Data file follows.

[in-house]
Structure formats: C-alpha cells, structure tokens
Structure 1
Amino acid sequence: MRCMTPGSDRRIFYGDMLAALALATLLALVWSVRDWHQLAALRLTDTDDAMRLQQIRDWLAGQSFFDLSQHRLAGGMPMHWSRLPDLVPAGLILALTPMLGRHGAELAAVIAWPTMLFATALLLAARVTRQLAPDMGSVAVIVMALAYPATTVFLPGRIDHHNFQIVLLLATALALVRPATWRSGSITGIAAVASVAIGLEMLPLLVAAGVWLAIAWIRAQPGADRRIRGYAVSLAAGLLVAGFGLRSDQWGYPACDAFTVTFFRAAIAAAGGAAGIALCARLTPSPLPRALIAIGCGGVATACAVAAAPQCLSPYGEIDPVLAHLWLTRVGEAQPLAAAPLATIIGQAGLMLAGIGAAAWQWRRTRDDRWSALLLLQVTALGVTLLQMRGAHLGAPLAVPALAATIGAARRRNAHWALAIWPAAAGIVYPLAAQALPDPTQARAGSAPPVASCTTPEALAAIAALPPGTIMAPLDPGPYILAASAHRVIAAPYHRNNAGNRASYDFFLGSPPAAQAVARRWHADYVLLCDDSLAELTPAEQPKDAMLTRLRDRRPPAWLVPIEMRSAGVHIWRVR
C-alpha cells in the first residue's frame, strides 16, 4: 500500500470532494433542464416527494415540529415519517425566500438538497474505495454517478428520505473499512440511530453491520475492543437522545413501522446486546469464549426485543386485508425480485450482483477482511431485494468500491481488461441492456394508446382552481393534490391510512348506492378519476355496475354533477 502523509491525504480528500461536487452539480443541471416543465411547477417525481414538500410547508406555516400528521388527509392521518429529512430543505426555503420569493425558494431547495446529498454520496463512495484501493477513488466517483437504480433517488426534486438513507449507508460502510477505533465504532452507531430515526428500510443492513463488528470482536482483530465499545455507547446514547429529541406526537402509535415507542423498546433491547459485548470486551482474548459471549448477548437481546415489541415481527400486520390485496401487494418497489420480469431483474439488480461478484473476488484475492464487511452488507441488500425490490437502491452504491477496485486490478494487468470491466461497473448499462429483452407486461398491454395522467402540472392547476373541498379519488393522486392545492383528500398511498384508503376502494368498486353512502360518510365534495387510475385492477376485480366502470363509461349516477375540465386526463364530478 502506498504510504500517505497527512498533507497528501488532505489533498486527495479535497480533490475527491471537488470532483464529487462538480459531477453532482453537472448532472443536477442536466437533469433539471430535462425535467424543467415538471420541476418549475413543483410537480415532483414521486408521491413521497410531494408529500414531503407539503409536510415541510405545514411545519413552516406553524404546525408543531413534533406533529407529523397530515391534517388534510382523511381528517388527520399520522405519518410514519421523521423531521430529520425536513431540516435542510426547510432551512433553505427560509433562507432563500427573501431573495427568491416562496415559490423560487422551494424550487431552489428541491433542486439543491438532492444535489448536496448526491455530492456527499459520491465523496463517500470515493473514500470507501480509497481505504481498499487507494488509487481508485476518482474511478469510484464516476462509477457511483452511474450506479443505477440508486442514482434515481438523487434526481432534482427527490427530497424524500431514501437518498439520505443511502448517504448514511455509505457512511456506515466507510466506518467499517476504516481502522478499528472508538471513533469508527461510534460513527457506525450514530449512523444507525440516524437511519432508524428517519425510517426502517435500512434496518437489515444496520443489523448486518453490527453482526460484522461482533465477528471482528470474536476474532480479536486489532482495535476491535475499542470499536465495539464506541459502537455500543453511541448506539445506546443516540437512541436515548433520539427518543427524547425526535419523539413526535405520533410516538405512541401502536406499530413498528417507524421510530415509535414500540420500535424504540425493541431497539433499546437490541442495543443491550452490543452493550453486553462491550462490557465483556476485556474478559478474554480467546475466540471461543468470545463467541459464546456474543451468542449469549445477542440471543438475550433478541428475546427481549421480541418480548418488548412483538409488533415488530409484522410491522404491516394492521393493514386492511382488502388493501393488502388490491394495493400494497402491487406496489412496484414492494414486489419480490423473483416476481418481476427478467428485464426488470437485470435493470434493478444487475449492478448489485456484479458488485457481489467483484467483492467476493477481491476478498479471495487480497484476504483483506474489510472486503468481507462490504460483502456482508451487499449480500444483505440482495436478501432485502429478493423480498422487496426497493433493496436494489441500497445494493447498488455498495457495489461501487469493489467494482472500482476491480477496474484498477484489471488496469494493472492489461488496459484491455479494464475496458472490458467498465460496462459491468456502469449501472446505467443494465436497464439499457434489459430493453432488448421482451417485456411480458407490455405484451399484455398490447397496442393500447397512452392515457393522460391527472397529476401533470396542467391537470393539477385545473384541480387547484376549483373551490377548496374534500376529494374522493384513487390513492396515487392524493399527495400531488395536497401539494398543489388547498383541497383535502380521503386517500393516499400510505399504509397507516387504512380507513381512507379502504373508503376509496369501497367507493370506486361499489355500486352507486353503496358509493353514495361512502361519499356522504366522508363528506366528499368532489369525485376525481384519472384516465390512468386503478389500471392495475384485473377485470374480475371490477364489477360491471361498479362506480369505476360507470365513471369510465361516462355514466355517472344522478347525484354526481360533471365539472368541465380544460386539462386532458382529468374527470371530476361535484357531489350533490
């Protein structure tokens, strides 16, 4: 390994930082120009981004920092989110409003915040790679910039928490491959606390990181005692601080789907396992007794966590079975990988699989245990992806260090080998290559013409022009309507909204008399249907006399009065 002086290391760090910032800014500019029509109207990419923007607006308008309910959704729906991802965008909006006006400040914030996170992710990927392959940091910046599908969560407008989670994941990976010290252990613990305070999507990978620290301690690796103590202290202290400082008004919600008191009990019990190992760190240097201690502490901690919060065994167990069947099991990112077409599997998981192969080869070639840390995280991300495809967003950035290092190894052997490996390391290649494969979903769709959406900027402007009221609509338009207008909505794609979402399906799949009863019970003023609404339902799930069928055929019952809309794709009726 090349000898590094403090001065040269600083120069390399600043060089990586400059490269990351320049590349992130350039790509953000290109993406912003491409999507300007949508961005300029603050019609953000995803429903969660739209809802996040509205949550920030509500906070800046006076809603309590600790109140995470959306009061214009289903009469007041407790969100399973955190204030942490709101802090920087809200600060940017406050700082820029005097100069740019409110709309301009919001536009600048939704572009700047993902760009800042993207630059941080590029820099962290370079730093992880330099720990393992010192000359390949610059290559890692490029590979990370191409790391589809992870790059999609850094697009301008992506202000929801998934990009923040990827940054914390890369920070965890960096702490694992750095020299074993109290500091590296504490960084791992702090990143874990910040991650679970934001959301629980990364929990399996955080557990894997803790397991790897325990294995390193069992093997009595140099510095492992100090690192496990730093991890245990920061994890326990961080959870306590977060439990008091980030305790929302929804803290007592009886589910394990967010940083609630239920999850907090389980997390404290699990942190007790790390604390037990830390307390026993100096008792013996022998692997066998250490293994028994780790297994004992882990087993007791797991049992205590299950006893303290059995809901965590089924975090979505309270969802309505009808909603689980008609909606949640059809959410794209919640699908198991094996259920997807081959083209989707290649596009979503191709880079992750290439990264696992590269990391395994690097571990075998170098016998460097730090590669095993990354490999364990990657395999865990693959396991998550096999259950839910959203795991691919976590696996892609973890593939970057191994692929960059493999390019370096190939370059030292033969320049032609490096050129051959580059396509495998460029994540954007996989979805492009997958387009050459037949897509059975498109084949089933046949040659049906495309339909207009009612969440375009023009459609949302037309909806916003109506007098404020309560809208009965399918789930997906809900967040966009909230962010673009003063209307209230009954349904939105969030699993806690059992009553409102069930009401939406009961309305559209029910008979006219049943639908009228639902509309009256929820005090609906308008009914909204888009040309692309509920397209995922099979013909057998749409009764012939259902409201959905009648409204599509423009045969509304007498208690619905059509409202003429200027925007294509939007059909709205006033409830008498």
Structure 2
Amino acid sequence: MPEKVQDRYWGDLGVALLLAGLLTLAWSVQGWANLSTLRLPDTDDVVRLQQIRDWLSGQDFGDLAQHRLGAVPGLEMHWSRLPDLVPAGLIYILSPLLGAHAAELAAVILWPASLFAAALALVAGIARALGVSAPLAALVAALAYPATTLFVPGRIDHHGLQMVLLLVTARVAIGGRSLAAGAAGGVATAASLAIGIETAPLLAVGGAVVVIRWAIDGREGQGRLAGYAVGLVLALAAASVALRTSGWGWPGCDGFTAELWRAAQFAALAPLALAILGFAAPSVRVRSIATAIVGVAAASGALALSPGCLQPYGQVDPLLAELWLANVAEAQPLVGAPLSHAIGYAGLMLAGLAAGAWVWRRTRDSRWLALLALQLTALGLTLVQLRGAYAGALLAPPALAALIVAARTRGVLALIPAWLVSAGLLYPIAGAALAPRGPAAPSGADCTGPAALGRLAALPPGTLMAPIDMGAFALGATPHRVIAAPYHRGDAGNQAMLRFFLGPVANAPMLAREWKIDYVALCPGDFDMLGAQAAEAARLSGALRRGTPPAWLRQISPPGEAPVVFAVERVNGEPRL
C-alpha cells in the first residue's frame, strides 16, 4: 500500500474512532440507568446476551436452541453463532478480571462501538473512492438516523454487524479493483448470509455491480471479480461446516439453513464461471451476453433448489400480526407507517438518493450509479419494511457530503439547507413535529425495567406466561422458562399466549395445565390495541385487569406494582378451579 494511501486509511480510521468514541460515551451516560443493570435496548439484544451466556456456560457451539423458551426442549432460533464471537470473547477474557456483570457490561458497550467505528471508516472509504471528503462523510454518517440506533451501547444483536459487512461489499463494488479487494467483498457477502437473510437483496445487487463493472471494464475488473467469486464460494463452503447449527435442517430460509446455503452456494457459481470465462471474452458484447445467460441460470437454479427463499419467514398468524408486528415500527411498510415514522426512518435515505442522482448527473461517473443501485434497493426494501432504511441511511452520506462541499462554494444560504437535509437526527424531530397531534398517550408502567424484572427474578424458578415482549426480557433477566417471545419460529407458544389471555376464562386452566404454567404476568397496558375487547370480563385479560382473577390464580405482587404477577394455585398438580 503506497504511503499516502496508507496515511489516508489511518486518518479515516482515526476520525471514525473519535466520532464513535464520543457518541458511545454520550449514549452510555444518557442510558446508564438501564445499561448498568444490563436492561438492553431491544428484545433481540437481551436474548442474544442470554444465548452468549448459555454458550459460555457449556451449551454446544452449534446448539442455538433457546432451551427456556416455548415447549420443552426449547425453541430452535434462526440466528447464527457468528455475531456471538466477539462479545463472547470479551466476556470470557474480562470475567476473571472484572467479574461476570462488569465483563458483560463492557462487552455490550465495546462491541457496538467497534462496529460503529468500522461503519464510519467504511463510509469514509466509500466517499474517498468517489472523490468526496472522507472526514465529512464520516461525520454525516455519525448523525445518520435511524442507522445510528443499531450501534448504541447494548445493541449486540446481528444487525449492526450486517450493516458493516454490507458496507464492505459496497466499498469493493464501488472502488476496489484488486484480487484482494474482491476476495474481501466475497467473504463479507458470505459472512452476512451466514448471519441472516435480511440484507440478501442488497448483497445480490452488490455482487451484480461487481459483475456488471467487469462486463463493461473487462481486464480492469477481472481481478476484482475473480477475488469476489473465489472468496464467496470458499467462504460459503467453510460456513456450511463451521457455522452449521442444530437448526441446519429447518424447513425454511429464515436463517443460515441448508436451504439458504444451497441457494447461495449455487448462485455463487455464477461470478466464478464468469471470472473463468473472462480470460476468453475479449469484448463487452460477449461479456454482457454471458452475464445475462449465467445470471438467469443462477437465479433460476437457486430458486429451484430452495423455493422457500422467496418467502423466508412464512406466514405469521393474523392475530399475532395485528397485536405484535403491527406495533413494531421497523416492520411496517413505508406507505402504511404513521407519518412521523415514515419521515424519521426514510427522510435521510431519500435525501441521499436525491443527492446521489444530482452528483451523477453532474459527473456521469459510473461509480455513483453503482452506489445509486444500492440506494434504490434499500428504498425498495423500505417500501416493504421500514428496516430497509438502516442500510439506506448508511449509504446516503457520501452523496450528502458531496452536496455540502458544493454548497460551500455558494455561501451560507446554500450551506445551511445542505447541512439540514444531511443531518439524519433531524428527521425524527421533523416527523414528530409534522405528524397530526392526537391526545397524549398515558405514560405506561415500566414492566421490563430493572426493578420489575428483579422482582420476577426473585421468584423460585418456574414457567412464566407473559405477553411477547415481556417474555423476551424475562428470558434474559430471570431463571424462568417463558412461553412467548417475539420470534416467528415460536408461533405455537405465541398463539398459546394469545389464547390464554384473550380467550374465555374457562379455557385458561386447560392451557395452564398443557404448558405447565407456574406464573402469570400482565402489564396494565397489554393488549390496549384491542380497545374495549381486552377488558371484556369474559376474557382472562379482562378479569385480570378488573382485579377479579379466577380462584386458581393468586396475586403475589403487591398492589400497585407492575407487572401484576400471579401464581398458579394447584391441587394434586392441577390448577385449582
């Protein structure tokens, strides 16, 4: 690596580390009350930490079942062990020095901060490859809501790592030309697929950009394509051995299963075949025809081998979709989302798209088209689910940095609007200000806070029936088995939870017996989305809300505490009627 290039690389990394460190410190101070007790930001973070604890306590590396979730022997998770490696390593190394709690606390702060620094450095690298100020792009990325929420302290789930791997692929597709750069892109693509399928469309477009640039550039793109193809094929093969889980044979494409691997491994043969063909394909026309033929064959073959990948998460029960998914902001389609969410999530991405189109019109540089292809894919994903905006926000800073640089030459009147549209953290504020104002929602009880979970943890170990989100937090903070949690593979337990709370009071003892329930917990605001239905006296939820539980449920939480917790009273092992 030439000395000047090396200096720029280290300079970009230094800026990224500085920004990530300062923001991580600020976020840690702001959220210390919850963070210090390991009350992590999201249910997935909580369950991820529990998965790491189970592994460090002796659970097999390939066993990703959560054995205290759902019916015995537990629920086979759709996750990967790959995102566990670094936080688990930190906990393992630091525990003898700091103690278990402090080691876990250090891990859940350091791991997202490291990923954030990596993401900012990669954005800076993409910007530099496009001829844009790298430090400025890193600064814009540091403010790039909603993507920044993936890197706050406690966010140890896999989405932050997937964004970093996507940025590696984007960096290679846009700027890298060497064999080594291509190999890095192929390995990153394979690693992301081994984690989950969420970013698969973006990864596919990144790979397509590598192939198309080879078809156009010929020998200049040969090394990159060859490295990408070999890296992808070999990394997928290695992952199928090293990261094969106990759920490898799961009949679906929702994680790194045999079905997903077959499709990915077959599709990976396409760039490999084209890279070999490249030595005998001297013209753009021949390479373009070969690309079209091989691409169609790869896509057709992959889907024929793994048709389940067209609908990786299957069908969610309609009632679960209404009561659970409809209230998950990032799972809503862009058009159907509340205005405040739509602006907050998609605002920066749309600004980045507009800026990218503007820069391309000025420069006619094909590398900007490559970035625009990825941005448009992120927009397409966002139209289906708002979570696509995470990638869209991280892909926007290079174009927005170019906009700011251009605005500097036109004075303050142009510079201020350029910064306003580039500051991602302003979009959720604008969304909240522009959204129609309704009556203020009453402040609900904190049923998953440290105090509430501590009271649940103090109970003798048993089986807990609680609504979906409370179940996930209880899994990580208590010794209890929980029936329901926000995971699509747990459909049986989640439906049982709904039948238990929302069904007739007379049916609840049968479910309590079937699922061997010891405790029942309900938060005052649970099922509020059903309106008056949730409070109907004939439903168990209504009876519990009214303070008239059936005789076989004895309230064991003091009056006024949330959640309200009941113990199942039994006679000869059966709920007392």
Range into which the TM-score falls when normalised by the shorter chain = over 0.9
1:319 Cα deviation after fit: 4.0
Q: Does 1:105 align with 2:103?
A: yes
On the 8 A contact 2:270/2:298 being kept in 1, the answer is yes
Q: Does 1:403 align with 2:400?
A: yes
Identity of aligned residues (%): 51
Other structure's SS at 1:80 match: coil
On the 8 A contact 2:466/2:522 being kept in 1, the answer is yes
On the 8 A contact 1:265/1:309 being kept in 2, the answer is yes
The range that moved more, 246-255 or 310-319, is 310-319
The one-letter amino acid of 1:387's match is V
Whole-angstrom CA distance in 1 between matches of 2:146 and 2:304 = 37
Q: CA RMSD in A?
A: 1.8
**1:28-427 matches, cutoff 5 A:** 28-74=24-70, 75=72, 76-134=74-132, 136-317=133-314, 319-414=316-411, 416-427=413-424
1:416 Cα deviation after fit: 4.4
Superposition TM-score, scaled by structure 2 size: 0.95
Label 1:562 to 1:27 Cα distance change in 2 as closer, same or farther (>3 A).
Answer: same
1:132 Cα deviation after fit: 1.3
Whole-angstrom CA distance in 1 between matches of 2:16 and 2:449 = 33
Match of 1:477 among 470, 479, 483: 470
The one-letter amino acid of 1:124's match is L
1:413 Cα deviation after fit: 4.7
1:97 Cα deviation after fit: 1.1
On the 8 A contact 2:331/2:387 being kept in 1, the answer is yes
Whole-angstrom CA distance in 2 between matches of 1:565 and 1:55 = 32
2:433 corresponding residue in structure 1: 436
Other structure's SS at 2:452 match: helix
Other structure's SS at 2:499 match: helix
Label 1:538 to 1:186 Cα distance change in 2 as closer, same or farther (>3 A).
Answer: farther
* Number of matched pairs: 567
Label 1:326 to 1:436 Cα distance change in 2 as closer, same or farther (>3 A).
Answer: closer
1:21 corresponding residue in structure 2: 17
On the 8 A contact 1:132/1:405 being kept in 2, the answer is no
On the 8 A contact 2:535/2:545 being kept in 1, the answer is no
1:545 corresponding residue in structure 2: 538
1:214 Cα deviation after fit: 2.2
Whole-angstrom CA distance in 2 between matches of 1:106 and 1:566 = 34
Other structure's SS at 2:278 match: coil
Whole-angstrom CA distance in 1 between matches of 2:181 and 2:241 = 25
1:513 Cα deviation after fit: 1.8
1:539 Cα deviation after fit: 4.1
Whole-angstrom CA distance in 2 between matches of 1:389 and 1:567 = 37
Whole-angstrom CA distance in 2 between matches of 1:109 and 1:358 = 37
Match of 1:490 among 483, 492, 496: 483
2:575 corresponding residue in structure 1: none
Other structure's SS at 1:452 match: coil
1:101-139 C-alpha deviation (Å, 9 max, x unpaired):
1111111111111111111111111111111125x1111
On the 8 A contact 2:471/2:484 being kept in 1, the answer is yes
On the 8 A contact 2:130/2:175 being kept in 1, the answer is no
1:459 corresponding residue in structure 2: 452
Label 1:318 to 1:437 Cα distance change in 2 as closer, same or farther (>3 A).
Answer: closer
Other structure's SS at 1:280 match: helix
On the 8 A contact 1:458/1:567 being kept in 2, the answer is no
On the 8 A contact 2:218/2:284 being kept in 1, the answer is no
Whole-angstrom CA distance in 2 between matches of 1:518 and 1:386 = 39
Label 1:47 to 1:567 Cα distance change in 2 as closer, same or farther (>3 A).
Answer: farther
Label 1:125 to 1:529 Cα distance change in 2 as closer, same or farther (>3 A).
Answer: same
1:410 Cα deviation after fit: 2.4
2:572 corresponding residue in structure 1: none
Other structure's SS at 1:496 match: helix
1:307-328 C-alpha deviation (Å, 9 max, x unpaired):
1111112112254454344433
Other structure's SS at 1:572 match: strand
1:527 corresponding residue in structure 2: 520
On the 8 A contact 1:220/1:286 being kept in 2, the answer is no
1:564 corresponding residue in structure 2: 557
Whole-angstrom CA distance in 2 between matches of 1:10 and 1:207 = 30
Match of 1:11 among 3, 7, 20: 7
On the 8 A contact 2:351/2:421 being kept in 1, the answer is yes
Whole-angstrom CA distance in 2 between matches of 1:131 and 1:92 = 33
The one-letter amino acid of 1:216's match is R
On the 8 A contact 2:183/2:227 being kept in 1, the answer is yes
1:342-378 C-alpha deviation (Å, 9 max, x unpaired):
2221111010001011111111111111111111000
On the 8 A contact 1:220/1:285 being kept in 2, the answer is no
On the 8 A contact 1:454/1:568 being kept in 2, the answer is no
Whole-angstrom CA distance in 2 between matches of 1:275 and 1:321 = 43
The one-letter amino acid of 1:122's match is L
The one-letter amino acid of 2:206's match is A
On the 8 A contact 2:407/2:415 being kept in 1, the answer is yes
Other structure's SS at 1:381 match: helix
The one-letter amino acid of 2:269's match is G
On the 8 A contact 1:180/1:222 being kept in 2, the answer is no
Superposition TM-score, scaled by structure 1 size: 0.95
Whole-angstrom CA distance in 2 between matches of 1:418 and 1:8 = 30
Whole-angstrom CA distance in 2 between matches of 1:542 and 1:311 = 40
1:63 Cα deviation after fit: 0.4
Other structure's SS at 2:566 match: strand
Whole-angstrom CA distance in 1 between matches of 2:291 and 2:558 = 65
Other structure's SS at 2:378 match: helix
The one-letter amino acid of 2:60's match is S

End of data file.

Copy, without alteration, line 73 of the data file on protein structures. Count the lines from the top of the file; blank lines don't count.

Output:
Whole-angstrom CA distance in 2 between matches of 1:518 and 1:386 = 39